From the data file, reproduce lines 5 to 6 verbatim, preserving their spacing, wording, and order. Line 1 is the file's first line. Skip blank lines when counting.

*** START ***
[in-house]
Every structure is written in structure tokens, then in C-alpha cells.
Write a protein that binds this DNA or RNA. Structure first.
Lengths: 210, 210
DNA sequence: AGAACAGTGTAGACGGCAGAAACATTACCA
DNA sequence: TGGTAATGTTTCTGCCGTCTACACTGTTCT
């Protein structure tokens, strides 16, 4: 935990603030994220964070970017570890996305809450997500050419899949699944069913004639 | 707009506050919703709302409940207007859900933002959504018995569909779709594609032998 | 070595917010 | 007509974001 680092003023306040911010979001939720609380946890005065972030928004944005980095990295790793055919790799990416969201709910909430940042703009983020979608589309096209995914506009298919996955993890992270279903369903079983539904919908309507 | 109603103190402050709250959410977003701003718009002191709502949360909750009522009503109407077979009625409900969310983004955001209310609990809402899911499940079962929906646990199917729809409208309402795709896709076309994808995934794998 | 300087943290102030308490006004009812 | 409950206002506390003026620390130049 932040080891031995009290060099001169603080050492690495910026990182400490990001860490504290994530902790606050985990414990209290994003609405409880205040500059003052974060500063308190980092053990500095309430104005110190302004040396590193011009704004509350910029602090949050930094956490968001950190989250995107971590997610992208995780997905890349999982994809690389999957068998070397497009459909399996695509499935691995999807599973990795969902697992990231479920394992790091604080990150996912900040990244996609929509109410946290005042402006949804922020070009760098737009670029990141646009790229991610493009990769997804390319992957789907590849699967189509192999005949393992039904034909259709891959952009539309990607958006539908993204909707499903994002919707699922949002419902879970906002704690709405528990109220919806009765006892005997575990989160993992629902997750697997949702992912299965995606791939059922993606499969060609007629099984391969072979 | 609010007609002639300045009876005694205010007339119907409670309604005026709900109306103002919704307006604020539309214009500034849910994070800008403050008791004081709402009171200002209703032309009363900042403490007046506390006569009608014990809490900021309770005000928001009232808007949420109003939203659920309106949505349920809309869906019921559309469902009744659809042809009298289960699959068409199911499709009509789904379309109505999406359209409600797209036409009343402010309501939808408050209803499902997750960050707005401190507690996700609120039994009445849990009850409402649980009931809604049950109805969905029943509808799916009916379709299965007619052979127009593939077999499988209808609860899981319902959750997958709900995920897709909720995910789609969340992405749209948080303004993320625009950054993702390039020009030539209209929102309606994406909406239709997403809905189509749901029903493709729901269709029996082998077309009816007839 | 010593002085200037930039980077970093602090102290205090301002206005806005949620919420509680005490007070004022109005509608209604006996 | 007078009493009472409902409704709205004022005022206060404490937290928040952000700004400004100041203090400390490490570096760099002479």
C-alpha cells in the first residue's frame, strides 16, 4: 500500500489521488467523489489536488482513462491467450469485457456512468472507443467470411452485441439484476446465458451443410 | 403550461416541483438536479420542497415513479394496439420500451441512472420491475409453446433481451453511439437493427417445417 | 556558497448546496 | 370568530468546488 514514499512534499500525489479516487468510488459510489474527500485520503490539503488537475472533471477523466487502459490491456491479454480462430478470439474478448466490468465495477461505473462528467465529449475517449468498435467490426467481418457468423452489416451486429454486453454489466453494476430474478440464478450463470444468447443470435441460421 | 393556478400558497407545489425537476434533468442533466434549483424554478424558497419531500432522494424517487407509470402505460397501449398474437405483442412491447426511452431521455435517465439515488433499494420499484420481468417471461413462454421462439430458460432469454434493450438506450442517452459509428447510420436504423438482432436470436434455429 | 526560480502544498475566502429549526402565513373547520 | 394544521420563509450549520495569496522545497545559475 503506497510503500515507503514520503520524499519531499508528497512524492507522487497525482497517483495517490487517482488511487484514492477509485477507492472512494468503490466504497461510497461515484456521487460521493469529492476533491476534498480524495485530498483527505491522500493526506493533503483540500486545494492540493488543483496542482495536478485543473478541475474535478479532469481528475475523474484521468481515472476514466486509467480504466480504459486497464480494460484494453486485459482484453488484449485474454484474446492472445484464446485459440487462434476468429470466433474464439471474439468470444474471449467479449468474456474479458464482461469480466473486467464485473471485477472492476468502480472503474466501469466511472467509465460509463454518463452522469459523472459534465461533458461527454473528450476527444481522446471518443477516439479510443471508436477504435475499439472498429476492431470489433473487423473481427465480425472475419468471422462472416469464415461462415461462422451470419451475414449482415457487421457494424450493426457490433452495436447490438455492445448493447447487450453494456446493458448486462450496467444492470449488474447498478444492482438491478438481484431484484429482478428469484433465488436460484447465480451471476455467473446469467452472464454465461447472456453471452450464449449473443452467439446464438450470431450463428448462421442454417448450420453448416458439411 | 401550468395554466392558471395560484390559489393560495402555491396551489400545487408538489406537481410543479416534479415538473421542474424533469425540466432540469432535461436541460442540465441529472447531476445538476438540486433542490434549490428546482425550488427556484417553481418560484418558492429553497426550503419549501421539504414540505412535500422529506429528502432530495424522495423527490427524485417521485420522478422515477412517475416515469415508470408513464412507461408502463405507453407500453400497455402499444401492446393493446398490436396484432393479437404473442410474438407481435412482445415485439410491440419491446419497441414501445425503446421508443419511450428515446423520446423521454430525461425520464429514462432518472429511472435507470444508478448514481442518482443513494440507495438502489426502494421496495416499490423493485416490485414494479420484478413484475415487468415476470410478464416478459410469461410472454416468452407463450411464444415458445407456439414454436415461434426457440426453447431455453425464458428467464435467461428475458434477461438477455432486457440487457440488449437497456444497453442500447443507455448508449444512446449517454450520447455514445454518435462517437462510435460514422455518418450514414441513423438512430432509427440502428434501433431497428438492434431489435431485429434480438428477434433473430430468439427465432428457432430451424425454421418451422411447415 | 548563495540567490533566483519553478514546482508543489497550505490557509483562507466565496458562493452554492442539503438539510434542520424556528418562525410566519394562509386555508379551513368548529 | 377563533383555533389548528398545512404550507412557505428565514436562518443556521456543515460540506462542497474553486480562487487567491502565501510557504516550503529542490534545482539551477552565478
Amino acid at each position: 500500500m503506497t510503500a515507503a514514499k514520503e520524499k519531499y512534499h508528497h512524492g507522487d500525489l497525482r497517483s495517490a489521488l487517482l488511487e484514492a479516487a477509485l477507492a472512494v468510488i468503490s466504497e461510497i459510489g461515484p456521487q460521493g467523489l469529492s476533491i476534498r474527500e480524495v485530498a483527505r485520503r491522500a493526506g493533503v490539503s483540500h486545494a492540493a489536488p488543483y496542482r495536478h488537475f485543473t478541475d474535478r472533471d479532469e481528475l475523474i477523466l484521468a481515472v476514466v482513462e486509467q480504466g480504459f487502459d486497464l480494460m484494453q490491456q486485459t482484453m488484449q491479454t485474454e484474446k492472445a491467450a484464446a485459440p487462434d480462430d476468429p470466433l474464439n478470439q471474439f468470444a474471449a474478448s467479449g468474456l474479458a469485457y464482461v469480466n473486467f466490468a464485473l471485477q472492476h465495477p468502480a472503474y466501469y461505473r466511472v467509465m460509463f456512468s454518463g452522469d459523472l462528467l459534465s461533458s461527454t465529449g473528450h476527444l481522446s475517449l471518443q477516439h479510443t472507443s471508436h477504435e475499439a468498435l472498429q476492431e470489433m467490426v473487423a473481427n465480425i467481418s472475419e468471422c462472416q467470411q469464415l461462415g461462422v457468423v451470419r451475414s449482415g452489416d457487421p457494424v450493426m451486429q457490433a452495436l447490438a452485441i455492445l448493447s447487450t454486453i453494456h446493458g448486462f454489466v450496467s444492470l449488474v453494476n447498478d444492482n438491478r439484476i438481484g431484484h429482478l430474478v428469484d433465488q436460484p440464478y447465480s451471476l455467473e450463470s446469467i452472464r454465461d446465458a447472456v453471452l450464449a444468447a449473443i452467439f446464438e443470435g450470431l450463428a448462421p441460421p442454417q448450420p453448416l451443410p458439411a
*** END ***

DNA sequence: AGAACAGTGTAGACGGCAGAAACATTACCA
DNA sequence: TGGTAATGTTTCTGCCGTCTACACTGTTCT